Firearms Industry Consulting Group, a division of Prince Law Offices, P.C., will continue to press for access to the “excluded” comments so as to document ATF’s arbitrary handling of submissions to the docket.


  2. I posted two comments prior to the 12/9 cutoff. However, they did not appear till 12/12 and 1/7.

    Comment on FR Doc # 2013-21661

    Comment on FR Doc # 2013-21661


  3. Pingback: Anonymous
  4. While searching to see if my comments were posted, it was interesting to see a lack of submissions from owners and executives from SBR and silencer manufacturers. Some people care about this stuff though.


  5. just checked, my comment was posted 12/20 which is interesting as I figured it was going to get tossed for pointing out the NICS should be more that capable of determining a persons eligibility to purchase a firearm.

    comment was 1jx-895a-ldxr 1jx-895a-ldxr which was about the only way to find it tried to search my by name and by text of comment -zero success . That search function is useless.



  6. Of the two comments I submitted I noticed my second one wasn’t posted to the docket until January 3rd (it was submitted in early December… before the comment period ended). It’s frustrating to see such a long delay which underscores your point that it hindered the public’s ability to comment on the proposed rule given that so many other comments were not yet available for review.


  7. I just received further confirmation of ATF’s intention in the form of a response to my pending request to examine all the comments in ATF’s reading room. The message I received states: “As of Friday, February 7th, all of the comments that met the criteria outlined in the NRPM have been posted online, and represents the all of the comments that will be available, either online or in hard copy in the ATF Reading Room. Paper copies of all comments are still being printed and will be available for review upon request in the Reading Room by February 17th.”


  8. Without reading every posted comment, to the best of my knowledge, I cannot see my comment posted.
    ATF provided a manner for posting a comment without making your name visible to the general public, yet there are very few comments that come up when you search for the key word anonymous, or confidential.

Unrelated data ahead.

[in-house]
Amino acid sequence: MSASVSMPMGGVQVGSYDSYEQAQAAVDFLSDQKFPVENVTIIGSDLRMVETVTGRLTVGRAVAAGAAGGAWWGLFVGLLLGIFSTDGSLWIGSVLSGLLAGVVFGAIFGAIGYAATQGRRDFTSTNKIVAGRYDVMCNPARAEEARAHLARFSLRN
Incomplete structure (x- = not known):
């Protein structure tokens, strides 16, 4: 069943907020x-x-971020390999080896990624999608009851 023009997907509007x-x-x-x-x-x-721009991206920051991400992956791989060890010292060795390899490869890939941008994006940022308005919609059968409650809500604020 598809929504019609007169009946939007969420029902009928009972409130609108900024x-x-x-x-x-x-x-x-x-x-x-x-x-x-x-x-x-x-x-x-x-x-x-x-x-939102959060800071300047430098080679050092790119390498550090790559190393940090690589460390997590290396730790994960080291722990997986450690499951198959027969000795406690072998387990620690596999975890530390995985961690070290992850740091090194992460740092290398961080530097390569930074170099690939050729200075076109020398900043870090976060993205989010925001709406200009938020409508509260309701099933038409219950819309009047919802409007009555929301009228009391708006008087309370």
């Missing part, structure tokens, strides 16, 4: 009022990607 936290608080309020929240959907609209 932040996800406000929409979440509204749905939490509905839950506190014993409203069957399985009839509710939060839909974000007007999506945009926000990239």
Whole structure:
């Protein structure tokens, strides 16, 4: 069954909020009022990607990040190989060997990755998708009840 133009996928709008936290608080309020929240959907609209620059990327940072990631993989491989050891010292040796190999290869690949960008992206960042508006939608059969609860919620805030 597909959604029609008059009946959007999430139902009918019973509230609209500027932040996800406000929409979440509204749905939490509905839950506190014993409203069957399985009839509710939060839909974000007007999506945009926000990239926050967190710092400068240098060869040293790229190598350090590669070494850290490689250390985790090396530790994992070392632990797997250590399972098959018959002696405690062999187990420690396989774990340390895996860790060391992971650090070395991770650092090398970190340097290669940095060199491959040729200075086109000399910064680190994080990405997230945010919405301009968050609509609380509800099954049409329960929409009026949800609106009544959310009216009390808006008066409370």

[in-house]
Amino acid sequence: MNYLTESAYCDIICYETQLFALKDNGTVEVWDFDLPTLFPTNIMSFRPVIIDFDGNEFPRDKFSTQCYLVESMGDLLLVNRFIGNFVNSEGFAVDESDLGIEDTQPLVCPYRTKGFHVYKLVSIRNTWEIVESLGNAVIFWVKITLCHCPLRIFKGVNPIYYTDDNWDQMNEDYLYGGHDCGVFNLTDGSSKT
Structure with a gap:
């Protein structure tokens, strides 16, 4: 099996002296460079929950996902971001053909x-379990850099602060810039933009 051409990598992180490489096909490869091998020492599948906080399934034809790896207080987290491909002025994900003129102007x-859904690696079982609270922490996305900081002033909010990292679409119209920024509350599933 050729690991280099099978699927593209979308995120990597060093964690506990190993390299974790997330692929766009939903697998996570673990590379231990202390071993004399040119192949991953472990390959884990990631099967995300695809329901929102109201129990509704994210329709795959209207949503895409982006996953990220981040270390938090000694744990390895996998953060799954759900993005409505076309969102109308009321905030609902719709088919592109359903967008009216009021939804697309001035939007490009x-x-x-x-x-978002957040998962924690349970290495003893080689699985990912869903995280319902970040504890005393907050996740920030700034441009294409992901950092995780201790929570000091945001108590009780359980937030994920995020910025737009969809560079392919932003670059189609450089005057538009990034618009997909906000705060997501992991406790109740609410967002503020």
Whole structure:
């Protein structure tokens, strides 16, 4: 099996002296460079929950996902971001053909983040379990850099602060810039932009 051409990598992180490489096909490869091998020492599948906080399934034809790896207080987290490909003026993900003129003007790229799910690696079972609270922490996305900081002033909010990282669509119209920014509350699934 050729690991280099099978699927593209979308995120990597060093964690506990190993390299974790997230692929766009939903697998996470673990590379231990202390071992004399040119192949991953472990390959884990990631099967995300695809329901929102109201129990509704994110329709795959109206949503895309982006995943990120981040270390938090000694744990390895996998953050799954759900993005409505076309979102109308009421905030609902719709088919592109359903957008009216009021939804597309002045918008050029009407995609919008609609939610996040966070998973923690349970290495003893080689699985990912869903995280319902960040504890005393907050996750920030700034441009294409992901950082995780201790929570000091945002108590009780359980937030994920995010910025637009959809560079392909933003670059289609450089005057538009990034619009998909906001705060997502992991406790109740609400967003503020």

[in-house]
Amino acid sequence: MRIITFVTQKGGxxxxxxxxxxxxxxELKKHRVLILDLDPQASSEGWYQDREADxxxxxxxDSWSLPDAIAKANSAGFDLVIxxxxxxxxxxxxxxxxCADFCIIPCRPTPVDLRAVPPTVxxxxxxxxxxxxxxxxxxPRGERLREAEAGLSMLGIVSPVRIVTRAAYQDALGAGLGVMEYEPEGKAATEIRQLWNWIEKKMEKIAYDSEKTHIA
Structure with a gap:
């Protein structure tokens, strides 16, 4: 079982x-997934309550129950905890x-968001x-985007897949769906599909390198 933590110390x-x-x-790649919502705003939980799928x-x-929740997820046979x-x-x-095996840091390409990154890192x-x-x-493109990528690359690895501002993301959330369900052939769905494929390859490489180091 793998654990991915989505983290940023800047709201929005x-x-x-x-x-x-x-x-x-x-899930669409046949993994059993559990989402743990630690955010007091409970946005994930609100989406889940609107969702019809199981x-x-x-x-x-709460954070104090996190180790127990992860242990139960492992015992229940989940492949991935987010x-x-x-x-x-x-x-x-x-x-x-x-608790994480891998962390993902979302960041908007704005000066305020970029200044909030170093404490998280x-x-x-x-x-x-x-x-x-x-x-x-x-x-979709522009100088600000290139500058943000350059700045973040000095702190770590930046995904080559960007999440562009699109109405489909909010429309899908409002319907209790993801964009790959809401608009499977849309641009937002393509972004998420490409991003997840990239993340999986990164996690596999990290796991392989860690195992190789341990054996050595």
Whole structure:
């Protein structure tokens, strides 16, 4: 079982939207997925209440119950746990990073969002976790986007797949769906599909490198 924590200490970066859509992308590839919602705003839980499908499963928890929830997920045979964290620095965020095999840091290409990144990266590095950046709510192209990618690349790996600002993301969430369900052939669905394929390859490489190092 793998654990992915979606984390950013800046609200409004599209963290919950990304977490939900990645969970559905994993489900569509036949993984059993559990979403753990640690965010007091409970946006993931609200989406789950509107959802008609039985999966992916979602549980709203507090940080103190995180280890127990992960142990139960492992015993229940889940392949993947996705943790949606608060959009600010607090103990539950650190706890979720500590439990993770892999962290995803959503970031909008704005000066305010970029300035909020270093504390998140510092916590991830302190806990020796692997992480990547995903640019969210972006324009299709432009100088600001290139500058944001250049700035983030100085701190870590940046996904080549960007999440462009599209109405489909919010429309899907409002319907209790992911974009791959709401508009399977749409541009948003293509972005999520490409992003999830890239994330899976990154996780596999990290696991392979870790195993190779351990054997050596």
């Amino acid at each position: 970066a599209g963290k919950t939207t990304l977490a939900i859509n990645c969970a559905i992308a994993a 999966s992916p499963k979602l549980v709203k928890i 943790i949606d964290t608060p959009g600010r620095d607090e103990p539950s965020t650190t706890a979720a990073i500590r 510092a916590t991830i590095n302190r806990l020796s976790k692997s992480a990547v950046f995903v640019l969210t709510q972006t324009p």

I suspect many submitted comments thinking they were in a permitted format to the website, and subsequently disallowed.


  9. My comments, which I would be pleased to provide to you and which were written by a person experienced with the federal rulemaking process on the rulemaker’s side of the table, are not posted in the docket. My comments, submitted on December 9, 2013, showed my PO Box as my mailing address. BATFE permits use of PO Boxes as mailing addressed for federal firearms licenses (I have a 01 FFL). There is nothing in ruleamking that stated PO Boxes were unacceptable mailing addresses, and so far as I know, nether Administrative Procedures Act nor its implementing regulations prevent use of a PO Box as a mailing address.

    Please contact me as I am more than willing to take them to task for this nonsense.


  10. Updated to add:

    I certainly hope BATFE is not rejecting comments based on the PO Box as the mailing address.

    There is nothing in the Administrative Procedures Act (APA) (5 U.S.C. Subchapter II), the associated implementing regulations, or the proposed rule itself that prohibited submission of comments referencing a P.O. Box as the commenter’s mailing address. In fact, all the Public Participation section of the rulemaking said was that “All comments must reference the docket number (ATF 41P), be legible, and include the commenter’s name and complete mailing address.”

    My comments met all four elements.

    As for excluding mailing addresses using P.O. Boxes, as of the most recent listing of federal firearms licensees (see over 8,300 federal firearms licensees have a P.O. Box listed as their official mailing address. Since the Bureau issues federal firearms licenses showing on the issued license mailing addresses using a P.O. Box, the Bureau already acknowledges such addresses are valid for the Bureau’s purposes and are complete if correctly listing the box holder’s name, the box number, the Post Office, and the zip code.

    I am writing the BATFE rulemakiing POC, so we will see what she says.


    1. Just a warning about that ffl excel sheet. I downloaded it about a month ago and even though it’s supposedly all FFLs I noticed that the file I downloaded was missing at least one entire state (WA). It may be missing others or that may have been fixed since the day I downloaded it but it’s worth checking.